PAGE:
“It’s encouraging to see that Canadians are thoughtful about weighing their mortgage options based on rate, but it’s equally important that they consider how their choice will affect their day-to-day finances,” said Mr. Nel. “For example, a customer who likes the certainty of knowing exactly how much of their monthly payment is going to principal versus interest may not be the best fit for a variable mortgage even at a lower starting rate.”
Mr. Nel added that many prospective buyers overlook specifics related to how their mortgage is structured. In particular, those who opt for variable often aren’t aware of details like whether their payment amount or just the interest/principle ratio will change in the event of a hike. Many also need to understand that if they decide to lock in, their new rate will be determined by what is currently being offered in the market and not on the addition of basis points to their original rate.
Tips for Buyers Navigating the Housing Market
- Take advantage of your pre-approval period: BMO now offers a 130 day mortgage rate guarantee period, the longest of any of Canada’s major financial institutions, so you have time for due diligence with the home buying process.
- Utilize free tools: an easy way to determine monthly costs is through BMO’s mortgage payment & affordability calculators, which allow you to get a full picture of costs, and see how changes to variables like rate or payment frequency affect your payments. https://www.bmo.com/main/personal/mortgages/calculators/
- Stress test against your rate: even if you’ve been approved for a certain rate that fits with your budget, it’s important to factor in how that rate could change during your term, or come your renewal time.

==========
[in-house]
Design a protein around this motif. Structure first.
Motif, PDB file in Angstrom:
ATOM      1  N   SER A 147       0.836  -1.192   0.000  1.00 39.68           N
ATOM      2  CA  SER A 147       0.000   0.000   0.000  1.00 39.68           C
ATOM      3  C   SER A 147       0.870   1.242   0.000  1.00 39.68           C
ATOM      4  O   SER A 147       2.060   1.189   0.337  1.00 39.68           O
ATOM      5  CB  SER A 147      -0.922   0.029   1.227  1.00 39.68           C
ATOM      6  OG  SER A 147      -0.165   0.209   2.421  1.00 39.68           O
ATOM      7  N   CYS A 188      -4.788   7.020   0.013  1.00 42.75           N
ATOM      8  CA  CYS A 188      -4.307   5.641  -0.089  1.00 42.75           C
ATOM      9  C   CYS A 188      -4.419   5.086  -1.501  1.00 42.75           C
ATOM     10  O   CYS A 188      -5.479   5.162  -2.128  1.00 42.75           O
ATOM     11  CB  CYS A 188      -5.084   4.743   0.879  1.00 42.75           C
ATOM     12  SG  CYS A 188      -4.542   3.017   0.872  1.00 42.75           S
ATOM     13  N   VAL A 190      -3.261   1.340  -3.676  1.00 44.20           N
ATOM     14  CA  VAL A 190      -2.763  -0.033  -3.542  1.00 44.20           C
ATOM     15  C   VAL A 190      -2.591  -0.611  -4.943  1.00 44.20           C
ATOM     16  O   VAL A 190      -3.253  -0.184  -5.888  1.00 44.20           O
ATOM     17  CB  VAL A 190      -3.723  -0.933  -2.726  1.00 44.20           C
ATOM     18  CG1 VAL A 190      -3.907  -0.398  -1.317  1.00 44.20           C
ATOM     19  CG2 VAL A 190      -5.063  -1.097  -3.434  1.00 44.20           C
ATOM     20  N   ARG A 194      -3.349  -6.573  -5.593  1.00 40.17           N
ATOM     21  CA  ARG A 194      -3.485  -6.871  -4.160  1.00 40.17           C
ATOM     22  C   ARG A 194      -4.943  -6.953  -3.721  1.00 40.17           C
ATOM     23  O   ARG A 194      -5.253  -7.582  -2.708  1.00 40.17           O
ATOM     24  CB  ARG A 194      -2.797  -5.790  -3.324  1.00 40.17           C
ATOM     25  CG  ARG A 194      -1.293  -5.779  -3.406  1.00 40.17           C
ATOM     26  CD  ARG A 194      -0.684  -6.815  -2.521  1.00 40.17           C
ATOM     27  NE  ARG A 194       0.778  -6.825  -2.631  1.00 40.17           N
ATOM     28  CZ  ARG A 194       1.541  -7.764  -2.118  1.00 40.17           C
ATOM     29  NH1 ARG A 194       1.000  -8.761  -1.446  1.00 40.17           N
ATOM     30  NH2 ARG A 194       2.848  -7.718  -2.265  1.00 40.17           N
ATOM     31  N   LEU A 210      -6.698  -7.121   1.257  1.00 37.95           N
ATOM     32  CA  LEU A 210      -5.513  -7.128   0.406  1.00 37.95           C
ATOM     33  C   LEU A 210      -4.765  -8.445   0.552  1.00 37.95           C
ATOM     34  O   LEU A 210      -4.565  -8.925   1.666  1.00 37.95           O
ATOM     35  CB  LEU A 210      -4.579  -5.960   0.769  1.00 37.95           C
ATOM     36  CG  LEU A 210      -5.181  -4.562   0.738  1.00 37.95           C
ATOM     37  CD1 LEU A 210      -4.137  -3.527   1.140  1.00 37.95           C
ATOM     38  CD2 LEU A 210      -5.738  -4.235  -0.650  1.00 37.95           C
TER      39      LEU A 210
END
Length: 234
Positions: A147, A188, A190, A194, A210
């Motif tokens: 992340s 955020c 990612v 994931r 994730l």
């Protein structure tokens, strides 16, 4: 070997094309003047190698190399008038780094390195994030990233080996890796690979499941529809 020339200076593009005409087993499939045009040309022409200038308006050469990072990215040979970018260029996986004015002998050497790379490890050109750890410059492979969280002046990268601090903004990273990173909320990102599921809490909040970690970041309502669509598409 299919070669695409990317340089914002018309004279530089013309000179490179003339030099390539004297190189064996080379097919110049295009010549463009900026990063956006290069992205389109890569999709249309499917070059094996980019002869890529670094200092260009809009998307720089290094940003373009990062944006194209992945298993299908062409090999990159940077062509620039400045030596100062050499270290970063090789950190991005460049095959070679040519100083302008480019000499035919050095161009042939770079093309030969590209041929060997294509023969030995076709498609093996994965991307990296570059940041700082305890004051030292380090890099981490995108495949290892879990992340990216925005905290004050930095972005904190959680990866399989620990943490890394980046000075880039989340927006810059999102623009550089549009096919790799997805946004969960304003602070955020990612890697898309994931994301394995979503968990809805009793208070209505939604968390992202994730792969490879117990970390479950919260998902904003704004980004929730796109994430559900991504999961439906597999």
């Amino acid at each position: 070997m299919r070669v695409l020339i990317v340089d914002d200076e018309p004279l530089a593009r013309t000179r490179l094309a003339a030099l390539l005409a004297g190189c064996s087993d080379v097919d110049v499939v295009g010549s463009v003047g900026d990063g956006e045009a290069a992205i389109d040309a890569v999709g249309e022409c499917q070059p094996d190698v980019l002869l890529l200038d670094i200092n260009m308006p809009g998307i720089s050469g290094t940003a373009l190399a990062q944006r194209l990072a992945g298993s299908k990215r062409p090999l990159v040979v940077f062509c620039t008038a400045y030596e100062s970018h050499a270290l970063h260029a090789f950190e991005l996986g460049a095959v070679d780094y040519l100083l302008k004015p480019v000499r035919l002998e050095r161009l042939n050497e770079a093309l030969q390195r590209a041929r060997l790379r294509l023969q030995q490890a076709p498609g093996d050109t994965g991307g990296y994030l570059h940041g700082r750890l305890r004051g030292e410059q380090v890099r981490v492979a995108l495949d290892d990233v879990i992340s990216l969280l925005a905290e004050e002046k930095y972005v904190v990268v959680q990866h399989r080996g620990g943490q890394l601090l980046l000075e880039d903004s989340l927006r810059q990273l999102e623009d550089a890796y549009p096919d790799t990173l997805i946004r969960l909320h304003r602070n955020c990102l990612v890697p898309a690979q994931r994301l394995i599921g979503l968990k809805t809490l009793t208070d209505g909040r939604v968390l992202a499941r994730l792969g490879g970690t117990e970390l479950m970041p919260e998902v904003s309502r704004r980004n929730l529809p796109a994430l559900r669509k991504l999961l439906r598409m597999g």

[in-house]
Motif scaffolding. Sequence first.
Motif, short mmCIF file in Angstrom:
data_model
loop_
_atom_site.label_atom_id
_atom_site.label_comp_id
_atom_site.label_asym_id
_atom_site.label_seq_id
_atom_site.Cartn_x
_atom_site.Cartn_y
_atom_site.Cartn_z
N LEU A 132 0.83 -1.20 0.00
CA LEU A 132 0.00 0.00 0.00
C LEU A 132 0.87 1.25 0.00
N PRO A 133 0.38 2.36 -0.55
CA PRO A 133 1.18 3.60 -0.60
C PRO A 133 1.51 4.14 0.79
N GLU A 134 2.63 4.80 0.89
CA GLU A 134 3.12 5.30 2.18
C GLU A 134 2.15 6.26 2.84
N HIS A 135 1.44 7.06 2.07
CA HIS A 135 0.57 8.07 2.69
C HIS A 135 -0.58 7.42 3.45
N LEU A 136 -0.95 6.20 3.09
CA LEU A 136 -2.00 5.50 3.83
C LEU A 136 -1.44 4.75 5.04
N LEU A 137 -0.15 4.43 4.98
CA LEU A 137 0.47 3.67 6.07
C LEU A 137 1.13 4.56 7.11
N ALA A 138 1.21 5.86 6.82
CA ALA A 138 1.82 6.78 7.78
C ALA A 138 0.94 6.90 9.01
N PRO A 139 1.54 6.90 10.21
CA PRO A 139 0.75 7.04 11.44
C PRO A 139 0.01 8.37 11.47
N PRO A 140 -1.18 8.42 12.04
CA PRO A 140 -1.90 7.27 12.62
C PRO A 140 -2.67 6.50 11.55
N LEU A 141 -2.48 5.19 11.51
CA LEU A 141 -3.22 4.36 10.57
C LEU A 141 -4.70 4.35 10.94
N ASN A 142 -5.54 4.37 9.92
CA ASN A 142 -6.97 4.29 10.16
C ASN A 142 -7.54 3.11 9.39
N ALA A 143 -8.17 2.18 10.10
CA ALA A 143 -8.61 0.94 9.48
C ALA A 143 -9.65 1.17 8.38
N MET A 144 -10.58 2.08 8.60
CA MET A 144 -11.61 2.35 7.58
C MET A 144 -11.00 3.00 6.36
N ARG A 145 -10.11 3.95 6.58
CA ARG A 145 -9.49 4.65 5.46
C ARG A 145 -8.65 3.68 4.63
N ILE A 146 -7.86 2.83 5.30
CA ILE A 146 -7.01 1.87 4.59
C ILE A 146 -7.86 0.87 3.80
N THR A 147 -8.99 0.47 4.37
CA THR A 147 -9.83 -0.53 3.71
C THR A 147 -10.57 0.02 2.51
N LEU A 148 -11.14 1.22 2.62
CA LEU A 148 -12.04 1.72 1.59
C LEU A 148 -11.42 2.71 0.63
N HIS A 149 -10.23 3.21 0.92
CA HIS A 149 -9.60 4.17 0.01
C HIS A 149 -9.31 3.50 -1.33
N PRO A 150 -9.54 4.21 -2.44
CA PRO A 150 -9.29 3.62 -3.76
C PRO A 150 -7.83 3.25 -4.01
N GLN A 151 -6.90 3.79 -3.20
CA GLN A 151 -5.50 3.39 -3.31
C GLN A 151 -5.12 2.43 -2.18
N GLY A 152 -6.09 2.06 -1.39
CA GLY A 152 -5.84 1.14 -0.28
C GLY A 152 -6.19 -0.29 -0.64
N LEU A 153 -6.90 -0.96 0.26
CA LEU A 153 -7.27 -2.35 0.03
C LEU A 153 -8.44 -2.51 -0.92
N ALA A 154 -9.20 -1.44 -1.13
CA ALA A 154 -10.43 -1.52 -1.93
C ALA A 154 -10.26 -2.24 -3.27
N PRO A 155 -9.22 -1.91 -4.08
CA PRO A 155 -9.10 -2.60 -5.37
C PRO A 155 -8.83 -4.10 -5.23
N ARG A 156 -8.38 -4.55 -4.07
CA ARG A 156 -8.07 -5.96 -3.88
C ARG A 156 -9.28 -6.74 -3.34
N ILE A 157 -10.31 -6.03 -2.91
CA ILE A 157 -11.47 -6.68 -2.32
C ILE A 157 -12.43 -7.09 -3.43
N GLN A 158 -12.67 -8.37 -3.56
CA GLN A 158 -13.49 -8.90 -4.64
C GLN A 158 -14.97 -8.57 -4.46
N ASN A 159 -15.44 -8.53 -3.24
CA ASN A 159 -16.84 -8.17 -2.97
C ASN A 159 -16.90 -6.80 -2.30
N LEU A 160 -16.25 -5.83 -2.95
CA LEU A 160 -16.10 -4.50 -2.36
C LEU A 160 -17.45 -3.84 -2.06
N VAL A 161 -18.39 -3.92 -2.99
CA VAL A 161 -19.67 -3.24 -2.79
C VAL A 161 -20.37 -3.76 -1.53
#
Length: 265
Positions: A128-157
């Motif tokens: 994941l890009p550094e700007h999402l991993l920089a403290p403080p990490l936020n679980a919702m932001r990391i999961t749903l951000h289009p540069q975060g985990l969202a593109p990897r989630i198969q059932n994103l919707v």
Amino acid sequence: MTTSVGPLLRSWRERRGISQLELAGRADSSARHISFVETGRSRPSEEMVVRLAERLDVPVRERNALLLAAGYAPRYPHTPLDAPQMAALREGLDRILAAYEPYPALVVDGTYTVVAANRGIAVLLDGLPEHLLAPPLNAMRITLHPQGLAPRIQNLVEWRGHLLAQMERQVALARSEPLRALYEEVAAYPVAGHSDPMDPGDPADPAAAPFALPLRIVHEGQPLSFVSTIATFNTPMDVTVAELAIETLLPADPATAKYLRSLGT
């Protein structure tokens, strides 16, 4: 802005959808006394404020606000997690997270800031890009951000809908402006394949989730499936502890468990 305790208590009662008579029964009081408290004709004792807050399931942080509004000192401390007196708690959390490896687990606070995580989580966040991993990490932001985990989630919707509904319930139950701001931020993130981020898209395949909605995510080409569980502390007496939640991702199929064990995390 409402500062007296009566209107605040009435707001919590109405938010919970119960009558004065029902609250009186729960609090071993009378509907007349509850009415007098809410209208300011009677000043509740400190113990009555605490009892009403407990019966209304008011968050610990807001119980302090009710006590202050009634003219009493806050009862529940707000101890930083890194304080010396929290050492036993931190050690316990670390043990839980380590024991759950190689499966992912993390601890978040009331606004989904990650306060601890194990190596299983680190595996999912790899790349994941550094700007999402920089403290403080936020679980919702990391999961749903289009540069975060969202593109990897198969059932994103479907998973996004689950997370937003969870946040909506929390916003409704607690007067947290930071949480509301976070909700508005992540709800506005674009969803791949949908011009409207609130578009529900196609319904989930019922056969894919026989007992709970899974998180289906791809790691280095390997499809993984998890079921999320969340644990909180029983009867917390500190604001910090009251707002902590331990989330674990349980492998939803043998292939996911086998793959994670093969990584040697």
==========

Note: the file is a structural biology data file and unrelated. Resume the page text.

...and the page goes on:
- Be informed of your mortgage terms: beyond fixed versus variable, determine factors like penalties for switching within your term and approved timeframes to increase payments or put down lump sums.
For more information on mortgage options and affordability tools, visit the new BMO Mortgage page at: http://www.bmo.com/main/personal/mortgages/new-mortgage-rules-stress-test/
The Home Buyers Survey was conducted by Pollara Strategic Insights via an online survey between March 16th and 22nd, 2018, with an online sample of 1,509 Canadian. Data has been weighted using the latest Canadian census information to be representative in terms of age, gender and region. The margin of error for a probability sample size of 1,509 is ± 2.5%, 19 times out of 20.
About BMO Financial Group
Serving customers for 200 years and counting, BMO is a highly diversified financial services provider â the 8thlargest bank, by assets, in North America. With total assets of $728 billion as of January 31, 2018, and a team of diverse and highly engaged employees, BMO provides a broad range of personal and commercial banking, wealth management and investment banking products and services to more than 12 million customers and conducts business through three operating groups: Personal and Commercial Banking, BMO Wealth Management and BMO Capital Markets.
SOURCE BMO Financial Group